Palm oil is the world’s most traded vegetable oil – and it’s the largest agricultural export from both Malaysia and the Southeast Asian region.

Vegetable oil is a food staple across the world, particularly in developing countries, where vegetable oil makes up a sizeable part of household food budgets. It’s therefore vital that these households have access to cheap and reliable vegetable oil.

Malaysia is the 5th world largest producer of oils and fats, accounting for 8.4% of total global oils and fats production. It is the 2nd largest exporter of oils and fats, exporting 15.72 million tonnes in 2022,  representing 17.1% of total global oils and fats exports, and 31.4 per cent of the global PO trade.

The biggest markets for palm oil are now India, China, the EU and Pakistan.  Three of these are large emerging economies with growing populations, while the EU is a large economic bloc with a significant food production sector.

Although India is the largest importer of palm oil, imports have grown significantly in Pakistan and China over the past five years.

COVID and Conflict Impacts

The supply chain disruptions caused by COVID and the Russia-Ukraine conflict have created shortages and pushed vegetable oil prices to historic highs. This has led to food riots in Indonesia and other countries where shortages left households without vegetable oil or pushed prices beyond the financial reach of families.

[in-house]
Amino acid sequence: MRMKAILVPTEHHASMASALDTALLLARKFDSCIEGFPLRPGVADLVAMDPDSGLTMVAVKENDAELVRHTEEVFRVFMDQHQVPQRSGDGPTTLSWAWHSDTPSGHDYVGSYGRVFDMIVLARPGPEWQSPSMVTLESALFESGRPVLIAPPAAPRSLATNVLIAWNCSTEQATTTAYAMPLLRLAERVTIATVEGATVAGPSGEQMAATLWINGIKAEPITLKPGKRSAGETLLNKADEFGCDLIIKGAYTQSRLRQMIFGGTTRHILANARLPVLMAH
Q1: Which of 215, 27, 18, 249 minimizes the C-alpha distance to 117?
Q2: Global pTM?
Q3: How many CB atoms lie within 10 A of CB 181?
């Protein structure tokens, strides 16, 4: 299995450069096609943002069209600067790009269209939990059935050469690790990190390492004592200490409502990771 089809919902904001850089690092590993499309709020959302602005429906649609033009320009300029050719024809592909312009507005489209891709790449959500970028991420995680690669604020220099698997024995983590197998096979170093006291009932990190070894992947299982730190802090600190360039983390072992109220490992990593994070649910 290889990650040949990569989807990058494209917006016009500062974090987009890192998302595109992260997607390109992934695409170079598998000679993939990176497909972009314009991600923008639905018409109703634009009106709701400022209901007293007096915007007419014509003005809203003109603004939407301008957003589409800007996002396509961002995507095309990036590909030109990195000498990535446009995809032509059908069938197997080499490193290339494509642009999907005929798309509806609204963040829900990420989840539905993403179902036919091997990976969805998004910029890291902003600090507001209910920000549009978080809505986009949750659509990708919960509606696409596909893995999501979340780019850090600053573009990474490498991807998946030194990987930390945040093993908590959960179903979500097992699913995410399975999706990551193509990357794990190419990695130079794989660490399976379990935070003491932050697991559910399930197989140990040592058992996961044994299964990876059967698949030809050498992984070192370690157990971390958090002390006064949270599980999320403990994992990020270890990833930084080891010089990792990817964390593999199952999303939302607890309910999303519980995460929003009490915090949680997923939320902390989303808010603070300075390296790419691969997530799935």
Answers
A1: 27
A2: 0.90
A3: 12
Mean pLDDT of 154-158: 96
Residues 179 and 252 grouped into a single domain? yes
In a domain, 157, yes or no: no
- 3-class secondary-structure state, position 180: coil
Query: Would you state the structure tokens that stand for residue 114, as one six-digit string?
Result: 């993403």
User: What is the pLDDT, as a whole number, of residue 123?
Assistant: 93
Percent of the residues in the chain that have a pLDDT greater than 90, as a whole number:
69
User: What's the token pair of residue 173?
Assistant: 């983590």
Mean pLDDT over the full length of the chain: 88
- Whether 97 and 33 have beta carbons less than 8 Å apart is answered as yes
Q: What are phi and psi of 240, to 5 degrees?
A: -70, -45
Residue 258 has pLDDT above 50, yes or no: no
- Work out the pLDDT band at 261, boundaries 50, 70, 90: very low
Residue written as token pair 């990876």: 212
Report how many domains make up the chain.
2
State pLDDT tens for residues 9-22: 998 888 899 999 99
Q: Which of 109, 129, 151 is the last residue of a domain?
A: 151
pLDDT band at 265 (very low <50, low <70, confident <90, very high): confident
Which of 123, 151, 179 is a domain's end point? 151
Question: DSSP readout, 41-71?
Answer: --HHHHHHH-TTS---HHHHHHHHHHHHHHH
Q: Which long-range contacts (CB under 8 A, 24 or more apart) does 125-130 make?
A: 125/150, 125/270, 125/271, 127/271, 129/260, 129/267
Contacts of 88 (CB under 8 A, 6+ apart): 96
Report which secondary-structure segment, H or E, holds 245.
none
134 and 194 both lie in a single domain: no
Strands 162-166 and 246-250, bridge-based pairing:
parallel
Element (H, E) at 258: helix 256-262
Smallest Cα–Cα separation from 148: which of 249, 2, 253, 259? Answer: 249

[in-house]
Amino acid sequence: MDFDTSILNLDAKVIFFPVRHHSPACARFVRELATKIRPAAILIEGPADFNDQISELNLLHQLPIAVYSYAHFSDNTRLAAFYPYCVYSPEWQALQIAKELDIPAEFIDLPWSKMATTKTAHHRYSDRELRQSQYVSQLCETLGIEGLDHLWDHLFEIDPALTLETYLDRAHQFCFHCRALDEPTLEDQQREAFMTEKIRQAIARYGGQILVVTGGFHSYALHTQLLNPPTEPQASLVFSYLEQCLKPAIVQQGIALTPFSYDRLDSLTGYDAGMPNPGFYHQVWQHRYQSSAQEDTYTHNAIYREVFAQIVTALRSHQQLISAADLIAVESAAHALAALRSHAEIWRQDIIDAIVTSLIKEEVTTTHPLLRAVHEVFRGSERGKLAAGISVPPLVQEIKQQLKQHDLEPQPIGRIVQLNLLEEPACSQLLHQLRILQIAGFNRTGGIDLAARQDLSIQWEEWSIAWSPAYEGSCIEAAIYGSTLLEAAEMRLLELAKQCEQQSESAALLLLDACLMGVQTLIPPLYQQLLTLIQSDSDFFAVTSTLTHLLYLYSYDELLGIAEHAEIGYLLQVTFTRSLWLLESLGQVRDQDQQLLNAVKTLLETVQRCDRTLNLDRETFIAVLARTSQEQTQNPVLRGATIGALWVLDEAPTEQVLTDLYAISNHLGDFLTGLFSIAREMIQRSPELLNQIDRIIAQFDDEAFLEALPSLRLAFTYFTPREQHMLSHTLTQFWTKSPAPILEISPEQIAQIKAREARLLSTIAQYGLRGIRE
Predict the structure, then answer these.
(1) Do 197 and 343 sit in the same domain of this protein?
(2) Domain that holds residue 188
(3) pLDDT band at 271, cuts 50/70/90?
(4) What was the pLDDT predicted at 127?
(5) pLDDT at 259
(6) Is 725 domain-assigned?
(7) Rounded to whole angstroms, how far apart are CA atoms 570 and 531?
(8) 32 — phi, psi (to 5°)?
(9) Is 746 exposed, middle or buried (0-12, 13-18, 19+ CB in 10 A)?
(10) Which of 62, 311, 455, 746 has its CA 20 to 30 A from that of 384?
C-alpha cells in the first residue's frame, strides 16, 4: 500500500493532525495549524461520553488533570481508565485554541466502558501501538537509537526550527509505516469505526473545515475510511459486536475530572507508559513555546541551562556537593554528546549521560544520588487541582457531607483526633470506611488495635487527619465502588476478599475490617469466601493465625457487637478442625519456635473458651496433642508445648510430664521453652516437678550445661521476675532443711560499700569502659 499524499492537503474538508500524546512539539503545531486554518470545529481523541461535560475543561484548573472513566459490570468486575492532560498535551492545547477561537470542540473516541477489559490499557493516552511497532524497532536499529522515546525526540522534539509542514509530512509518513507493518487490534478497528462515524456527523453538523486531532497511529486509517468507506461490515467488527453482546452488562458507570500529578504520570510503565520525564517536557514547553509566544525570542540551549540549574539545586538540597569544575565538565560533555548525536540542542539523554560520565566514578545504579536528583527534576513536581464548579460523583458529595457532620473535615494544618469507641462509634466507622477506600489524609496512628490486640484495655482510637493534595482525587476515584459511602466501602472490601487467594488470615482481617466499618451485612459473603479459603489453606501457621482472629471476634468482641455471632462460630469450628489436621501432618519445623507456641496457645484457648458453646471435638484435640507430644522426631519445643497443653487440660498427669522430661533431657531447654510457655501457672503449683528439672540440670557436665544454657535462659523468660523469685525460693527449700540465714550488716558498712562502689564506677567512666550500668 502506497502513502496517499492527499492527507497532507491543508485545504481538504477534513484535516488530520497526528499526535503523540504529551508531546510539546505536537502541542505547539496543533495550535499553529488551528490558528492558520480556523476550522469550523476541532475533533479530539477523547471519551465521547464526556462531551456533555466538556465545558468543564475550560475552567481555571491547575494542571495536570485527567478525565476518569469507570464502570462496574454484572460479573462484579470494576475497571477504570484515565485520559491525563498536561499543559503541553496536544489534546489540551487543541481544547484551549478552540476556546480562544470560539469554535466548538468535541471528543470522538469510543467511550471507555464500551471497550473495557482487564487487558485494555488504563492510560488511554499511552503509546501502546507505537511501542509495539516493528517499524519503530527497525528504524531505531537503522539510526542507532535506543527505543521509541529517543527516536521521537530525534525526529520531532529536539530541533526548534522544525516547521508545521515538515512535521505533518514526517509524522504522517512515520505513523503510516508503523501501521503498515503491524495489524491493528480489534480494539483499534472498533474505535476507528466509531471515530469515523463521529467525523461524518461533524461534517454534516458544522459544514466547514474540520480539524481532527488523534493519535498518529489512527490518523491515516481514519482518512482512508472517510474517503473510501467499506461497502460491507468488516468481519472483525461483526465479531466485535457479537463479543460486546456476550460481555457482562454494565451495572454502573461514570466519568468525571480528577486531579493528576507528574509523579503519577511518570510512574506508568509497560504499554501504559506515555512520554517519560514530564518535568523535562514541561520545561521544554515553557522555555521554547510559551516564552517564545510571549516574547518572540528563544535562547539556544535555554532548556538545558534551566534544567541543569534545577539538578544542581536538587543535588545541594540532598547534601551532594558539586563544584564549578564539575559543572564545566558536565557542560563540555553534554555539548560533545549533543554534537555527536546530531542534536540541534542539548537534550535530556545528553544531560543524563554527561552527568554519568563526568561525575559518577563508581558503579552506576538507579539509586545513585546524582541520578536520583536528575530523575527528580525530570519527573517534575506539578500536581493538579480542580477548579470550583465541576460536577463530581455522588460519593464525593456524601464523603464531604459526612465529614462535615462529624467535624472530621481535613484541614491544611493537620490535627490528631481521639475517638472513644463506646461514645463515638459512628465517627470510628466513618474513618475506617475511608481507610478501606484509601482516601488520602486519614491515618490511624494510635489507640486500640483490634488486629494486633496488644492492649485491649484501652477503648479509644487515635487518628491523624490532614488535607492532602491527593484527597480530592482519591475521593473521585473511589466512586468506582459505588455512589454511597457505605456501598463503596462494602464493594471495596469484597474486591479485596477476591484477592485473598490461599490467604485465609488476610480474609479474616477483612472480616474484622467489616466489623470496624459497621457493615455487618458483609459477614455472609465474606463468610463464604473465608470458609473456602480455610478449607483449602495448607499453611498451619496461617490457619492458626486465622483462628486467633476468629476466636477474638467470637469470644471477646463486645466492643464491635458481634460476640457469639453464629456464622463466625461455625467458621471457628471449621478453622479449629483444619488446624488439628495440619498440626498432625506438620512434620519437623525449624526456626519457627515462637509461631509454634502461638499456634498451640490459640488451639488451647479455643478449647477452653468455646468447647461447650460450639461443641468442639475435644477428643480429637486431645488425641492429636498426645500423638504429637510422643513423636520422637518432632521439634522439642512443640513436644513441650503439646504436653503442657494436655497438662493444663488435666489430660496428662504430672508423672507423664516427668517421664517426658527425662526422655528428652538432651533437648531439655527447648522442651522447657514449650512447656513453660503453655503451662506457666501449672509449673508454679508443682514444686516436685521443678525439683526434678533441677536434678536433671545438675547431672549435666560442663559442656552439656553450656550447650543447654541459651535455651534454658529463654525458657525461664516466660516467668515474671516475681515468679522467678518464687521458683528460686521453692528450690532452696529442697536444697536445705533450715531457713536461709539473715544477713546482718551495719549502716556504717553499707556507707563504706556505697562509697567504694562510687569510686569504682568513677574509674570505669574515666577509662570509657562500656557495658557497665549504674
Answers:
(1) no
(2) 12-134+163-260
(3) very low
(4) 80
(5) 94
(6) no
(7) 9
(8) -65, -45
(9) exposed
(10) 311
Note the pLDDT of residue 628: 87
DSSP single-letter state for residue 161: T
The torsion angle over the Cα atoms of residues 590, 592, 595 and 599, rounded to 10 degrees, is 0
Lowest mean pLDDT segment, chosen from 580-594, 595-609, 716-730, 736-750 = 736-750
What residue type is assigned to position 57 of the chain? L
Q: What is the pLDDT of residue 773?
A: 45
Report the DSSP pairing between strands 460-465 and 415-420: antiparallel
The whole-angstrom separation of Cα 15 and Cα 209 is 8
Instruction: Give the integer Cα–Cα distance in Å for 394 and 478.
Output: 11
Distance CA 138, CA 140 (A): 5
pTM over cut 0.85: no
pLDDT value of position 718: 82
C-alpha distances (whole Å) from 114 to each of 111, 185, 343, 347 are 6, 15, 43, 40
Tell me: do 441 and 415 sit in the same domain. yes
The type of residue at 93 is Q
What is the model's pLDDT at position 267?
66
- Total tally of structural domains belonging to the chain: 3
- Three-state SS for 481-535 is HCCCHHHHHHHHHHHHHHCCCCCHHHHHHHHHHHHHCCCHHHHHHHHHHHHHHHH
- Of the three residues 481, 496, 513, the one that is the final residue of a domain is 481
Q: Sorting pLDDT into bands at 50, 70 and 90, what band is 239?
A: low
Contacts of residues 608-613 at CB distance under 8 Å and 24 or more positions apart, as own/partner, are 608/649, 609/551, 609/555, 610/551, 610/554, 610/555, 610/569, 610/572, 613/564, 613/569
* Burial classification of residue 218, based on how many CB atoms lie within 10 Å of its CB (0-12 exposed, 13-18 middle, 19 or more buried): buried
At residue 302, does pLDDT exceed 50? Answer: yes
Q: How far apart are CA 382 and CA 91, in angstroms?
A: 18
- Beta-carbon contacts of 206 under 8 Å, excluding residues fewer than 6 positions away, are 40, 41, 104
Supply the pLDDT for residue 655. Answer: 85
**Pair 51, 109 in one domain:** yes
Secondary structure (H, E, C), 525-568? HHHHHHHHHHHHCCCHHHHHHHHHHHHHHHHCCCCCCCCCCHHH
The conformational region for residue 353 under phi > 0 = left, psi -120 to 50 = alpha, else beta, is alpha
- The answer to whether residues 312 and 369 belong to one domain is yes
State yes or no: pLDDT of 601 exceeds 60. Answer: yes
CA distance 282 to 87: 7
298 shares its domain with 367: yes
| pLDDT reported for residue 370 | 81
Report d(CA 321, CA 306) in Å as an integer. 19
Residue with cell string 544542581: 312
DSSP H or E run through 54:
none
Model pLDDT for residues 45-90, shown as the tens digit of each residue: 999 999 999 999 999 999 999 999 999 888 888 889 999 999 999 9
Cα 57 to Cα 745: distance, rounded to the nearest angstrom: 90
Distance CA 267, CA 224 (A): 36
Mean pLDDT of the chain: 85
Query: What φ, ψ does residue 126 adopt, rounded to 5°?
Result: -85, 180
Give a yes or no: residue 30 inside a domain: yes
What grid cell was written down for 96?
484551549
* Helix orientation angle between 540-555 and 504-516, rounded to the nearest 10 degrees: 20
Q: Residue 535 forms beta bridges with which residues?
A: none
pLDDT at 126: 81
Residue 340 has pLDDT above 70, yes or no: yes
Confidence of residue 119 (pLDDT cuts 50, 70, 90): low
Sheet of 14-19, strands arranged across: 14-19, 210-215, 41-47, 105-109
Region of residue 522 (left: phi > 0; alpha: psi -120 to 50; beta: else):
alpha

Even in Europe, food processors found themselves short of local vegetable oil such as sunflower, prompting them to switch to imported palm oil.

This underlines the importance of palm oil in the global food supply chain – and precisely why the trade in palm oil, like other agricultural products, needs to be open.

Free and Fair Trade

The fall out from the COVID pandemic and conflict around the globe have indicated that the free and fair trade of agricultural commodities – particularly vegetable oil – are absolutely vital to ensuring the health and wellbeing of citizens around the globe.

The reduction in the supply of vegetable oil caused by these events resulted in a significant price spike that will likely remain for many years to come.

In these circumstances, where supply shortages and food inflation are adding to misery around the globe, it is vital that unnecessary and overburdensome trade regulations that impact the global vegetable oil trade be removed.

This includes non-tariff measures that prevent the use of palm oil in renewable energy, unscientific health regulations, and onerous sustainability measures. These types of technical trade restrictions are often simply protectionism disguised as a health regulation or sustainability measure. Rather than being sustainable, these measures have the opposite effect, sending prices upwards and preventing people from living the lives they deserve.